Physiology for MRCEM Primary

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Renal physiology

Proximal tubular function

[box type=”download”]  Appreciation of the principal agents reabsorbed at this site  Understanding of the particular dynamics of sodium and glucose in this region[/box]

The proximal tubule

Most glucose, amino acids, phosphate and bicarbonate is reabsorbed in the proximal tubule, together with
60–70% of Na+, K+, Ca2+, urea and water.


The filtrate concentration of Na+ is ∼140 mmol/L (= plasma Na+ concentration), but is much lower in the cytosol of epithelial cells (∼10–20 mmol/L), which is also negatively charged.
The electrochemical gradient therefore drives Na+ from the filtrate into the cells. (Also the driving force for the secondary transport of other substances)
About 80% of Na+ entering proximal tubular cells exchanges for H+ (Na+–H+ antiporter).
The secretion of H+ in the proximal tubule plays a critical role in HCO3− reabsorption.
Na+ is removed from tubular cells by Na+ pumps on the basolateral membrane, thus transporting Na+ into the interstitial fluid.
However, only ∼20% of transported Na+ diffuses into the capillaries, as there is significant backflux into the tubule via paracellular pathways.


As Na+ and HCO3 − are transported from the tubule into the peritubular interstitial fluid, the osmolality of the latter increases, and this osmotic pressure causes reabsorption of water.
The reabsorption of water increases tubular concentrations of Cl−, K+, Ca2+ and urea, which therefore diffuse down their concentration gradients into the peritubular space, largely via paracellular pathways.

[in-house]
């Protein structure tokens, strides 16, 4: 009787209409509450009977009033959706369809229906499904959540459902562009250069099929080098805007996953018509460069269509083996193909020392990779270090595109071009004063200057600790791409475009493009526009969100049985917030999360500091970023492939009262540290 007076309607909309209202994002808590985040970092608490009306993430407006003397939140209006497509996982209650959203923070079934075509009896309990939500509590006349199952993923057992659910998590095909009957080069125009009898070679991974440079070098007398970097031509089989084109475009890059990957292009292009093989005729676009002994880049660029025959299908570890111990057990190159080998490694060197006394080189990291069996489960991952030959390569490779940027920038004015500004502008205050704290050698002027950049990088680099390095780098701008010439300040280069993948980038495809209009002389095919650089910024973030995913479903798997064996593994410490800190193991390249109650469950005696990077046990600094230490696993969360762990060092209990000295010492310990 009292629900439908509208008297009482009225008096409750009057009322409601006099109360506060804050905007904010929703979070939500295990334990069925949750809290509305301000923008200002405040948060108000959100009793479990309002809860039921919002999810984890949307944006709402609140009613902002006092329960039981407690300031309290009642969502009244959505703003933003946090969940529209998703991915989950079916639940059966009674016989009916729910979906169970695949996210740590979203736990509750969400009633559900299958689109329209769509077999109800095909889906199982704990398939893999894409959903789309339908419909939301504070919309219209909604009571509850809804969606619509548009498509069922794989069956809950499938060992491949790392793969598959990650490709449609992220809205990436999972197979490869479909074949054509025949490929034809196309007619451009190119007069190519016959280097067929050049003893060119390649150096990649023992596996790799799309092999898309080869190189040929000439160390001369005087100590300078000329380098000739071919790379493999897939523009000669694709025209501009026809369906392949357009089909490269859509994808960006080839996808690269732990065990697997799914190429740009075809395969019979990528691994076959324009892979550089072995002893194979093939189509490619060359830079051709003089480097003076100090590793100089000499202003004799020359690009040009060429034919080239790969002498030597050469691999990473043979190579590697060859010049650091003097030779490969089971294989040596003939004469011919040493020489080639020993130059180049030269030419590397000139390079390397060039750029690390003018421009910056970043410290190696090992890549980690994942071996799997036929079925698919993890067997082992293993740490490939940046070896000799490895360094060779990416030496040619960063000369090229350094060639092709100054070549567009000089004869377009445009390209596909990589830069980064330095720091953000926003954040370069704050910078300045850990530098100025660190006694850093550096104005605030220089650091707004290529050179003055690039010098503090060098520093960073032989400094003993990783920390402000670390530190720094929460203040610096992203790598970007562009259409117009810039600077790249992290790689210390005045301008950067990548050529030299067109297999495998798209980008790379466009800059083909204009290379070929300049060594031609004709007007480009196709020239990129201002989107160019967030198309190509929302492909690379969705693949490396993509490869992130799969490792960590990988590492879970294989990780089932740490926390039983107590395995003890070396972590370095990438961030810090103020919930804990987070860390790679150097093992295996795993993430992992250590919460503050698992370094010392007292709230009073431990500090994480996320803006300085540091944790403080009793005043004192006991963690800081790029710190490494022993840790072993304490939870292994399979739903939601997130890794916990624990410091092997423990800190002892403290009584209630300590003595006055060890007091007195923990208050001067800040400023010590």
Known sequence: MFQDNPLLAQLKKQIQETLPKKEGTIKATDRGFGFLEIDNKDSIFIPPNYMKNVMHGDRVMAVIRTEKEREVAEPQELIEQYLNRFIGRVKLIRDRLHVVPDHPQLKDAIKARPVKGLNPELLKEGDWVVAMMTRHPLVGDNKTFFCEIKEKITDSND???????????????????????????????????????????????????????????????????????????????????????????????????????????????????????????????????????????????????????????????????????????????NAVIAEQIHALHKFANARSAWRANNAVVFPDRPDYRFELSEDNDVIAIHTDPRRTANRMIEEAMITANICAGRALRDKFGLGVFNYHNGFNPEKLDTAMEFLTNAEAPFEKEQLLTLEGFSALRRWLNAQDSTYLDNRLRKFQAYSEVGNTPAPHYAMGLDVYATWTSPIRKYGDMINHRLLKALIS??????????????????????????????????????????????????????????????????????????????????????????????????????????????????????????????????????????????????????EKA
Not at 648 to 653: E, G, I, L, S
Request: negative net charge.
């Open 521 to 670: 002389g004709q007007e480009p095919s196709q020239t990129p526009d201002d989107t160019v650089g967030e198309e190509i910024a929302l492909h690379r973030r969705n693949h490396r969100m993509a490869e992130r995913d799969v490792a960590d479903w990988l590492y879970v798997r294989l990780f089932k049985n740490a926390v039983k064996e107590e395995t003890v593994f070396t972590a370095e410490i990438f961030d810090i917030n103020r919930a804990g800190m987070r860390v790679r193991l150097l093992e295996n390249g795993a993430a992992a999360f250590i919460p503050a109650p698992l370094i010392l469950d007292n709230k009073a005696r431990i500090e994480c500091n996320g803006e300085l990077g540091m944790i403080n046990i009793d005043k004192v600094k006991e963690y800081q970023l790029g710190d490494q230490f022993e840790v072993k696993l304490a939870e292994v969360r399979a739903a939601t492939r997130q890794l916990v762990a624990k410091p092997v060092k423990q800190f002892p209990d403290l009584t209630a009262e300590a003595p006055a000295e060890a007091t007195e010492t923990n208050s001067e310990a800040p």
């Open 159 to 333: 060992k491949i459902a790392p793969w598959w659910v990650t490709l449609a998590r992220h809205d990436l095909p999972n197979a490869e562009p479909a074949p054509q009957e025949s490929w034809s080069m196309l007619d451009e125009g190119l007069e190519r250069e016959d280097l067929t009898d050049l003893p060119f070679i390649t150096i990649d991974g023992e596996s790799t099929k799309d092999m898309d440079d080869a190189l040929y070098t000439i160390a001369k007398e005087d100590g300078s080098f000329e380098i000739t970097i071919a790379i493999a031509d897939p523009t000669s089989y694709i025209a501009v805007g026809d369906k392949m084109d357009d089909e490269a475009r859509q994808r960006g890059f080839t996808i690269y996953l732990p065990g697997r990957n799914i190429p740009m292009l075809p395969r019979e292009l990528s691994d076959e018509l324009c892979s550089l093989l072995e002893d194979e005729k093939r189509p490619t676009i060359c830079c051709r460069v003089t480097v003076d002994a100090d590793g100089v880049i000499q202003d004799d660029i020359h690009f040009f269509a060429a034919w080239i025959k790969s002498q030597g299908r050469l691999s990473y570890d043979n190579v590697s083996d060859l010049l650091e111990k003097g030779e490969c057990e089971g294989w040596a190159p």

The final two-thirds of the proximal tubule has increased permeability to Cl−, facilitating Cl− reabsorption.
This makes the lumen more positive, enhancing the reabsorption of cations.
As the reabsorption of Na+, Cl−, K+, Ca2+ and urea in the proximal tubule is closely coupled to the reabsorption of water, their concentrations (and the total osmolality) are similar in the fluid leaving the proximal tubule to those in the filtrate and plasma, although their total quantity and the fluid volume are decreased by ∼70%.


Glucose is reabsorbed by cotransport with Na+ across the apical membrane of epithelial cells, and then diffuses out of the cells into the peritubular interstitium.
The Tm for glucose is ∼380 mg/min (∼21 mmol/min), and the renal threshold is ∼11 mmol/L.
The appearance of glucose in the urine reflects hyperglycaemia (high plasma glucose), a sign of diabetes mellitus.

Amino acids

reabsorbed by several Na+-linked symporters, specific for acidic, basic and neutral amino acids.


Phosphate is cotransported with Na+ across the epithelial apical membrane.
Its Tm is close to the filtered load, and so an increase in plasma concentration leads to excretion.
Phosphate reabsorption is decreased by PTH.

Organic acids and bases.

These include metabolites (e.g. bile salts, urate, oxalate) and drugs (e.g. PAH, penicillins, aspirin) and are secreted.
Organic acids are transported from the peritubular fluid into tubular cells by cotransport with Na+, and diffuse into the tubule in exchange for anions (e.g. Cl−, HCO3−).
Organic bases are actively extruded from the apical membrane in exchange for Na+ or H+.


The tiny amount of protein that does escape through the glomerular filter and small peptide hormones (e.g. insulin, growth hormone) are reabsorbed by endocytosis and destroyed.